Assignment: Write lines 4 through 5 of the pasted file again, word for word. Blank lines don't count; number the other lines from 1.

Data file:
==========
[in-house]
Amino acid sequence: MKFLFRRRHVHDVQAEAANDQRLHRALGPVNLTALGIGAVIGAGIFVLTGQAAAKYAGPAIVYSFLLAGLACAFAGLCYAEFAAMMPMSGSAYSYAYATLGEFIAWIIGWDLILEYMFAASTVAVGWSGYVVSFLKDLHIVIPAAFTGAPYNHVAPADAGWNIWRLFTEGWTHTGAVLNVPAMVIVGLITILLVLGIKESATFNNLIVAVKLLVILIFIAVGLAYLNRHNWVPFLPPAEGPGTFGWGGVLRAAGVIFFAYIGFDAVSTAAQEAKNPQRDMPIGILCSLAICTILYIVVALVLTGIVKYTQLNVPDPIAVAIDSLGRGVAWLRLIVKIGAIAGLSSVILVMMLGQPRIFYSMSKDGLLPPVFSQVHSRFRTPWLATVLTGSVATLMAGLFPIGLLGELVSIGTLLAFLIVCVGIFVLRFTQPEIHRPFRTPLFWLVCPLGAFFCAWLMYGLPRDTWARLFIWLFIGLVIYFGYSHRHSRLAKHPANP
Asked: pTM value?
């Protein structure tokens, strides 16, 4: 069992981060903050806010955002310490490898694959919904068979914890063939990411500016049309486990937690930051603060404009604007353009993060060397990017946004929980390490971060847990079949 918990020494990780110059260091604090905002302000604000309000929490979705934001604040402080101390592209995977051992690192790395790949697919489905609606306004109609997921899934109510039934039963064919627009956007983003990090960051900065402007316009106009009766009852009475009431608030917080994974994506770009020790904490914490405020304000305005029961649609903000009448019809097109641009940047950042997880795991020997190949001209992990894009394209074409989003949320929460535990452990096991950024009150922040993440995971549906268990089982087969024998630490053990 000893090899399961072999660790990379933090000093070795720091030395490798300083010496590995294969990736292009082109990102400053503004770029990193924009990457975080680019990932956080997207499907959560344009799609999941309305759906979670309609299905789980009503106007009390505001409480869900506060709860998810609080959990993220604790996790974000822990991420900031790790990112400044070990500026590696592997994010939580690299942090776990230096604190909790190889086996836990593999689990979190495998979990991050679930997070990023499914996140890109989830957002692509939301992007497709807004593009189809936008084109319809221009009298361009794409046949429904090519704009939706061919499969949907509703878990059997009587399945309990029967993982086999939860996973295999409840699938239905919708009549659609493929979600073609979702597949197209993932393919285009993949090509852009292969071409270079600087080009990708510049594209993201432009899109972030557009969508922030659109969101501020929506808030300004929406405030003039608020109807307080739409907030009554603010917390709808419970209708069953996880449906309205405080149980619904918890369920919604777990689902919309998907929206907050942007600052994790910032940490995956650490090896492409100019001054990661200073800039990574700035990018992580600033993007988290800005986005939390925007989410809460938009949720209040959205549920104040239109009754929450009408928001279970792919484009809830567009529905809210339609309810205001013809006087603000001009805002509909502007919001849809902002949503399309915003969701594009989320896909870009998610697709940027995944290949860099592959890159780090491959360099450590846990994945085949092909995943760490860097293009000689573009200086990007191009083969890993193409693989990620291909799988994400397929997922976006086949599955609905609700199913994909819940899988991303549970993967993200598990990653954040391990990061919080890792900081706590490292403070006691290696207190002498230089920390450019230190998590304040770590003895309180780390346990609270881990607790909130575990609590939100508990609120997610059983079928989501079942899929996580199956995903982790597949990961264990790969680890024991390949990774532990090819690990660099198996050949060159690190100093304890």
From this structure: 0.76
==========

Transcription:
């Protein structure tokens, strides 16, 4: 069992981060903050806010955002310490490898694959919904068979914890063939990411500016049309486990937690930051603060404009604007353009993060060397990017946004929980390490971060847990079949 918990020494990780110059260091604090905002302000604000309000929490979705934001604040402080101390592209995977051992690192790395790949697919489905609606306004109609997921899934109510039934039963064919627009956007983003990090960051900065402007316009106009009766009852009475009431608030917080994974994506770009020790904490914490405020304000305005029961649609903000009448019809097109641009940047950042997880795991020997190949001209992990894009394209074409989003949320929460535990452990096991950024009150922040993440995971549906268990089982087969024998630490053990 000893090899399961072999660790990379933090000093070795720091030395490798300083010496590995294969990736292009082109990102400053503004770029990193924009990457975080680019990932956080997207499907959560344009799609999941309305759906979670309609299905789980009503106007009390505001409480869900506060709860998810609080959990993220604790996790974000822990991420900031790790990112400044070990500026590696592997994010939580690299942090776990230096604190909790190889086996836990593999689990979190495998979990991050679930997070990023499914996140890109989830957002692509939301992007497709807004593009189809936008084109319809221009009298361009794409046949429904090519704009939706061919499969949907509703878990059997009587399945309990029967993982086999939860996973295999409840699938239905919708009549659609493929979600073609979702597949197209993932393919285009993949090509852009292969071409270079600087080009990708510049594209993201432009899109972030557009969508922030659109969101501020929506808030300004929406405030003039608020109807307080739409907030009554603010917390709808419970209708069953996880449906309205405080149980619904918890369920919604777990689902919309998907929206907050942007600052994790910032940490995956650490090896492409100019001054990661200073800039990574700035990018992580600033993007988290800005986005939390925007989410809460938009949720209040959205549920104040239109009754929450009408928001279970792919484009809830567009529905809210339609309810205001013809006087603000001009805002509909502007919001849809902002949503399309915003969701594009989320896909870009998610697709940027995944290949860099592959890159780090491959360099450590846990994945085949092909995943760490860097293009000689573009200086990007191009083969890993193409693989990620291909799988994400397929997922976006086949599955609905609700199913994909819940899988991303549970993967993200598990990653954040391990990061919080890792900081706590490292403070006691290696207190002498230089920390450019230190998590304040770590003895309180780390346990609270881990607790909130575990609590939100508990609120997610059983079928989501079942899929996580199956995903982790597949990961264990790969680890024991390949990774532990090819690990660099198996050949060159690190100093304890």
From this structure: 0.76